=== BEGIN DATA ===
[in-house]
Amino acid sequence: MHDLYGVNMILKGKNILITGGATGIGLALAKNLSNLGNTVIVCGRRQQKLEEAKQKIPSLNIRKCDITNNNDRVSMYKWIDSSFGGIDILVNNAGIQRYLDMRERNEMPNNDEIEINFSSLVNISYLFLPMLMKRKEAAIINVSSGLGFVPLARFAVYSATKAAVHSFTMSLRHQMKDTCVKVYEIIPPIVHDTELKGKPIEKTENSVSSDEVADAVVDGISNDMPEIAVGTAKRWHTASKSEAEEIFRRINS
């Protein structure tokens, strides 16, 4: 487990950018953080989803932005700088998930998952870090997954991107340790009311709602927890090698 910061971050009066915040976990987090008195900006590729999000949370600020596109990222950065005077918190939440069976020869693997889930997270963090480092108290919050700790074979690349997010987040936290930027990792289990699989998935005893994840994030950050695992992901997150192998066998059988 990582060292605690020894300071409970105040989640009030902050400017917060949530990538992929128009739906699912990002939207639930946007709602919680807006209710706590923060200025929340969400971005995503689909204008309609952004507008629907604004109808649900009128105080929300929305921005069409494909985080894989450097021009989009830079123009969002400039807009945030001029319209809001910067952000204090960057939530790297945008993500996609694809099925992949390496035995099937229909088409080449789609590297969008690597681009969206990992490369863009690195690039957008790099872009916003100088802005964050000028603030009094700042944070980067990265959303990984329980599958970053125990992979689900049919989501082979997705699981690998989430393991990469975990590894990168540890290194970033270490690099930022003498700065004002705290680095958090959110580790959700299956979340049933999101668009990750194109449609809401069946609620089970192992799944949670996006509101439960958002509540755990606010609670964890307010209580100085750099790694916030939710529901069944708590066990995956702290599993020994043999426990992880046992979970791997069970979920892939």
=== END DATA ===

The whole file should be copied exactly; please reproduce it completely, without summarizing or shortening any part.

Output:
[in-house]
Amino acid sequence: MHDLYGVNMILKGKNILITGGATGIGLALAKNLSNLGNTVIVCGRRQQKLEEAKQKIPSLNIRKCDITNNNDRVSMYKWIDSSFGGIDILVNNAGIQRYLDMRERNEMPNNDEIEINFSSLVNISYLFLPMLMKRKEAAIINVSSGLGFVPLARFAVYSATKAAVHSFTMSLRHQMKDTCVKVYEIIPPIVHDTELKGKPIEKTENSVSSDEVADAVVDGISNDMPEIAVGTAKRWHTASKSEAEEIFRRINS
């Protein structure tokens, strides 16, 4: 487990950018953080989803932005700088998930998952870090997954991107340790009311709602927890090698 910061971050009066915040976990987090008195900006590729999000949370600020596109990222950065005077918190939440069976020869693997889930997270963090480092108290919050700790074979690349997010987040936290930027990792289990699989998935005893994840994030950050695992992901997150192998066998059988 990582060292605690020894300071409970105040989640009030902050400017917060949530990538992929128009739906699912990002939207639930946007709602919680807006209710706590923060200025929340969400971005995503689909204008309609952004507008629907604004109808649900009128105080929300929305921005069409494909985080894989450097021009989009830079123009969002400039807009945030001029319209809001910067952000204090960057939530790297945008993500996609694809099925992949390496035995099937229909088409080449789609590297969008690597681009969206990992490369863009690195690039957008790099872009916003100088802005964050000028603030009094700042944070980067990265959303990984329980599958970053125990992979689900049919989501082979997705699981690998989430393991990469975990590894990168540890290194970033270490690099930022003498700065004002705290680095958090959110580790959700299956979340049933999101668009990750194109449609809401069946609620089970192992799944949670996006509101439960958002509540755990606010609670964890307010209580100085750099790694916030939710529901069944708590066990995956702290599993020994043999426990992880046992979970791997069970979920892939």